TALLAHASSEE, Fla. (WTXL) — Gathered around the memorial built in honor of what some would call his greatest achievement, students, family and faculty paused to remember Dr. Frederick S. Humphries.
"Dr. Humphries, he was very different," said Florida A&M University SGA vice president Marcus Thomas. "He was at all of the football games, always on campus, always a force to be reckoned with."
A force that led FAMU to reinstate its college of law, to be named College of the year in 1997-1998, and to be the leading producer of Black baccalaureate degree holders. Perhaps even more important than his accolades, however, is how alumni say he left students feeling after meeting him.
"He would always make you feel like he knew you," said alum and Meek Eaton Black Archives interim director Darius Young. "He was just one of those rare individuals who really took the time out, despite his stature and status that he had in the community and at Florida A&M University to really learn more about the students and the everyday people who made FAMU great."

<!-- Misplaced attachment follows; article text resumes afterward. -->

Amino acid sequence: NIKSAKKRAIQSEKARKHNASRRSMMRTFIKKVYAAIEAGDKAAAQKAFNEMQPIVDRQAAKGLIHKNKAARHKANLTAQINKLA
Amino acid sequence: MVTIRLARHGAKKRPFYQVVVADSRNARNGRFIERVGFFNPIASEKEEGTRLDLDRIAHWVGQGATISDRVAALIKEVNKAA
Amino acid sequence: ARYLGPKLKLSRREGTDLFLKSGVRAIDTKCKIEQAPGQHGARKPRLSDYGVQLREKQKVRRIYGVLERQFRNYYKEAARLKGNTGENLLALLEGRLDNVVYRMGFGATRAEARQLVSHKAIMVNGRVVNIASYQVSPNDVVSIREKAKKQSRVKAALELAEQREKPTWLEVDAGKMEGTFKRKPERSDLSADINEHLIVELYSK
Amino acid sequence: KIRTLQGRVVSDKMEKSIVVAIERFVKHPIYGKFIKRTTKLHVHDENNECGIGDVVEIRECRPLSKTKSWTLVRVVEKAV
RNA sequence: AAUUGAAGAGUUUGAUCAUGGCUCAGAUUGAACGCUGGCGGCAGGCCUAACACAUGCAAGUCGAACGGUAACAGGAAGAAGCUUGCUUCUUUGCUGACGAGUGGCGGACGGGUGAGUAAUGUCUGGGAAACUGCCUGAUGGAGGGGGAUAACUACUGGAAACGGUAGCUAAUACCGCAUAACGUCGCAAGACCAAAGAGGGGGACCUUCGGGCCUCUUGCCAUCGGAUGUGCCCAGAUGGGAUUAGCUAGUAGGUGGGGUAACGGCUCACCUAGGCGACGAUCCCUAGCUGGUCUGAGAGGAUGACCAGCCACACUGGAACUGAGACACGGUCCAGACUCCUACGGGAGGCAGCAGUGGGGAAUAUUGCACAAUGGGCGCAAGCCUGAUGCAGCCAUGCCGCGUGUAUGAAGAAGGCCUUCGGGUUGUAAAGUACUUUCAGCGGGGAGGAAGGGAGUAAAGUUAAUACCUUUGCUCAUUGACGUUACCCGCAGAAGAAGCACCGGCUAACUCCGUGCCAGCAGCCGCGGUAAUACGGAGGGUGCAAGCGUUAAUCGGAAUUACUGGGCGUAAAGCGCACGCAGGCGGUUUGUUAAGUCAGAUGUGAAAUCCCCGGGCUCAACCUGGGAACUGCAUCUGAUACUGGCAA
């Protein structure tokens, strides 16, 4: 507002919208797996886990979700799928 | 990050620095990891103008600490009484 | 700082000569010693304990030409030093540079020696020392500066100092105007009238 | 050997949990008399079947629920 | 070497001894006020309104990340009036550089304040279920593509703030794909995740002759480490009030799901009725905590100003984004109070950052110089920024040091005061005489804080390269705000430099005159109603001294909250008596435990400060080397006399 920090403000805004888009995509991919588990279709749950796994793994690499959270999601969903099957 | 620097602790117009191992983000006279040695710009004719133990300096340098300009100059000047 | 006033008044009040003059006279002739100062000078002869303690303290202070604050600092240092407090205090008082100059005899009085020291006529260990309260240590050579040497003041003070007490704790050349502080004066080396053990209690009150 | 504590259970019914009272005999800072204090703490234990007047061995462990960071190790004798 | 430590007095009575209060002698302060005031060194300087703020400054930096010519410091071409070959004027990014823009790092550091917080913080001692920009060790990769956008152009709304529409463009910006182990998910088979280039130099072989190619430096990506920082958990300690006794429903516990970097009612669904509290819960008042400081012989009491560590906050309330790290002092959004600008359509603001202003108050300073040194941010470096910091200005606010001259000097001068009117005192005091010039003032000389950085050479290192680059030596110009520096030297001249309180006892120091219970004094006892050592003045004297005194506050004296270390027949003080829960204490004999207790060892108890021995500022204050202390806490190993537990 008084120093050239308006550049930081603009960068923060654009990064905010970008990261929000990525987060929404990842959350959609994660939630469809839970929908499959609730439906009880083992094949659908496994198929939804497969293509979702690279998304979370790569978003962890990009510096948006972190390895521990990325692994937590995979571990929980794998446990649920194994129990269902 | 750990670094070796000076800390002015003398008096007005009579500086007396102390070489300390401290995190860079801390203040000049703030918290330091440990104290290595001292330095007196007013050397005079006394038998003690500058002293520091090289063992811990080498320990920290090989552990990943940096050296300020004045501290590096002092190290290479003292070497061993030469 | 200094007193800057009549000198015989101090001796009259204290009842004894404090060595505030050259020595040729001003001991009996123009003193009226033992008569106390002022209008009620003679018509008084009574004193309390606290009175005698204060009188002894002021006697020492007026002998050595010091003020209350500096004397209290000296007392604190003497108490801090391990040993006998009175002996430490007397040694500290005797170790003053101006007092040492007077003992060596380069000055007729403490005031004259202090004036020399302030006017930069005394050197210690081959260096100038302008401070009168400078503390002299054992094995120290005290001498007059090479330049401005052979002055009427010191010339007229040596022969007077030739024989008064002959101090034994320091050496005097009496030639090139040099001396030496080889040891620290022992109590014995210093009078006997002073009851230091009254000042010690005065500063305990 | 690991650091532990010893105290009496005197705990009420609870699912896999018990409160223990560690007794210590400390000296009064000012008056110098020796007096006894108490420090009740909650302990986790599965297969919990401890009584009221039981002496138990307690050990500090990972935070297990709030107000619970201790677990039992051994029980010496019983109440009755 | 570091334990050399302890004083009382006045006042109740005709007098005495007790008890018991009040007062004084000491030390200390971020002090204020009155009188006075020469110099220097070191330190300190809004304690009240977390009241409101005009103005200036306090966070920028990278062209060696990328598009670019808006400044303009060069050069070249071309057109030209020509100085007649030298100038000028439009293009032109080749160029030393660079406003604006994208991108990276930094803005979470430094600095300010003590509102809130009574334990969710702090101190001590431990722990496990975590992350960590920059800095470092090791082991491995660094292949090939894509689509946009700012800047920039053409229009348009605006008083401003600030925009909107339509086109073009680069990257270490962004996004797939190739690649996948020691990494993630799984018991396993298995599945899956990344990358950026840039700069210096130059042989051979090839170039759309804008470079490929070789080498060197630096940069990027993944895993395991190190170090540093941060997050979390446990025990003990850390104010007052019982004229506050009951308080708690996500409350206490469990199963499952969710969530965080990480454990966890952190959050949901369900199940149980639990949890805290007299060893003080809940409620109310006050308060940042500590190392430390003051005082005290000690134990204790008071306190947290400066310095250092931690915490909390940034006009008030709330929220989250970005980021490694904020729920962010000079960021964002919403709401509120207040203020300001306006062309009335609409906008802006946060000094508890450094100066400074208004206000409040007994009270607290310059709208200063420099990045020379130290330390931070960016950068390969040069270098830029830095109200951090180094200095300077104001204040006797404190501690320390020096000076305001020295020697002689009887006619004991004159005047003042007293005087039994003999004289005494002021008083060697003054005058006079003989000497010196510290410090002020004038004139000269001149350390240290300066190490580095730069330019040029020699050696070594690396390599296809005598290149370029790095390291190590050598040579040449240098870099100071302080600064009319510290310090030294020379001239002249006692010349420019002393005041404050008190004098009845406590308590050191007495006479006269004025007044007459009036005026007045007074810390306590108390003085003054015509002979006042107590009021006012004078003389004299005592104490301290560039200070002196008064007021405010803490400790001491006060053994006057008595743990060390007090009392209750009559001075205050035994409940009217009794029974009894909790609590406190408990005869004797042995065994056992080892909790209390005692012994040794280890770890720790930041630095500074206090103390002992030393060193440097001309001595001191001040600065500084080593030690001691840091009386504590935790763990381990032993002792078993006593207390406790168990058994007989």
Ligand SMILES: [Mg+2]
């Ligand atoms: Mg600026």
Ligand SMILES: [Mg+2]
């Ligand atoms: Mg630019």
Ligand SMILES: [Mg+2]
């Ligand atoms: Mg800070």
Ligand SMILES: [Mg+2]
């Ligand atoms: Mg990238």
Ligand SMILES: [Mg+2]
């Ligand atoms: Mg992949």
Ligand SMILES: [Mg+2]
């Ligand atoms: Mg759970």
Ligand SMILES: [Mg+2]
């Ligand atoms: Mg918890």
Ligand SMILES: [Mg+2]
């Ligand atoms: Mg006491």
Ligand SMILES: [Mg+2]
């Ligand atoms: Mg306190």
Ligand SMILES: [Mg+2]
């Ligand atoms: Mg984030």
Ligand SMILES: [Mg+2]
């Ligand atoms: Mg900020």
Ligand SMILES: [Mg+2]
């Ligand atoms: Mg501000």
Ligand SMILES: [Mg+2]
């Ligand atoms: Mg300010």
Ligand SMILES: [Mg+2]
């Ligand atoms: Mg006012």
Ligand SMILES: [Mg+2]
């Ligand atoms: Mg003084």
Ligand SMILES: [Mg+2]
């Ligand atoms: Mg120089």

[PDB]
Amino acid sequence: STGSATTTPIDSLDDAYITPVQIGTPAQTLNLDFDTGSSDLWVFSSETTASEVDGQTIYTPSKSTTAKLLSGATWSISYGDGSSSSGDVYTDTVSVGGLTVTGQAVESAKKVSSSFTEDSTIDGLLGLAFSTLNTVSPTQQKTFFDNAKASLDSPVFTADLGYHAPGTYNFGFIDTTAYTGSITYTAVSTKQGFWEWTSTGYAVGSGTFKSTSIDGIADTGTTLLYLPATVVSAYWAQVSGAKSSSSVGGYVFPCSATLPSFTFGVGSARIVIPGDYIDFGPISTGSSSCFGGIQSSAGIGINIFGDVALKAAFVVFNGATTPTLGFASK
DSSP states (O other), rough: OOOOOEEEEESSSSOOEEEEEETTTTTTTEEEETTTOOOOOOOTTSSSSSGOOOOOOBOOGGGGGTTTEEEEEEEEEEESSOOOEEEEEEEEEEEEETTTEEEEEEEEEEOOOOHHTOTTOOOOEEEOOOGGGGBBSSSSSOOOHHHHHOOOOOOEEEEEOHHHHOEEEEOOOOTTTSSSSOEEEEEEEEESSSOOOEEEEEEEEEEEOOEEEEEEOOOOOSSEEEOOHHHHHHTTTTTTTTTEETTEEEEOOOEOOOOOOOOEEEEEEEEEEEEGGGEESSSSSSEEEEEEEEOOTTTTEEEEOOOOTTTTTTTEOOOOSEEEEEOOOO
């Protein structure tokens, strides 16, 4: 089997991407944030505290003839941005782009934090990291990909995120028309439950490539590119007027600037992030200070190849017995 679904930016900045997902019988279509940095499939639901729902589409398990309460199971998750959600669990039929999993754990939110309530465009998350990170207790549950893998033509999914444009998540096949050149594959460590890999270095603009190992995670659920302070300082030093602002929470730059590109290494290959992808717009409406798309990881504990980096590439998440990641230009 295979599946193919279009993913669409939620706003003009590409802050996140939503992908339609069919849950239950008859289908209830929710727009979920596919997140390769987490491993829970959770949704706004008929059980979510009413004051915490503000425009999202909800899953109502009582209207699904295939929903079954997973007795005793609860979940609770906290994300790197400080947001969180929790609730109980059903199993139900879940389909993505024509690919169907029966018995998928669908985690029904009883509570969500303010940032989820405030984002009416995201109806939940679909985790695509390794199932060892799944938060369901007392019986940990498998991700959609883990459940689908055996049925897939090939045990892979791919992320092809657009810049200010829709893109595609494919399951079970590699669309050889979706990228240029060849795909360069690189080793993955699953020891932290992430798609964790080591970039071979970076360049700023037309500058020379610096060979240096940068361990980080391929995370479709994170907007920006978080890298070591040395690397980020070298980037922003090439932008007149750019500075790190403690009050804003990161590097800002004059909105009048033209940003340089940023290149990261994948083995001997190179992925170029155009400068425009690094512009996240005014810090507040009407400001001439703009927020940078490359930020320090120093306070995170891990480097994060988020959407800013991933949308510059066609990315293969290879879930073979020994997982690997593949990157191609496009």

Humphries' great legacy of leadership is one those close to him hope the university will carry for many years to come.
"If y'all do nothing else, nothing else, understand that you have a commitment and an obligation to do everything within your power for the furtherance of FAMU," said vigil speaker Daryl Parks.
Ceremonies continue Friday with a public wake at 6 p.m.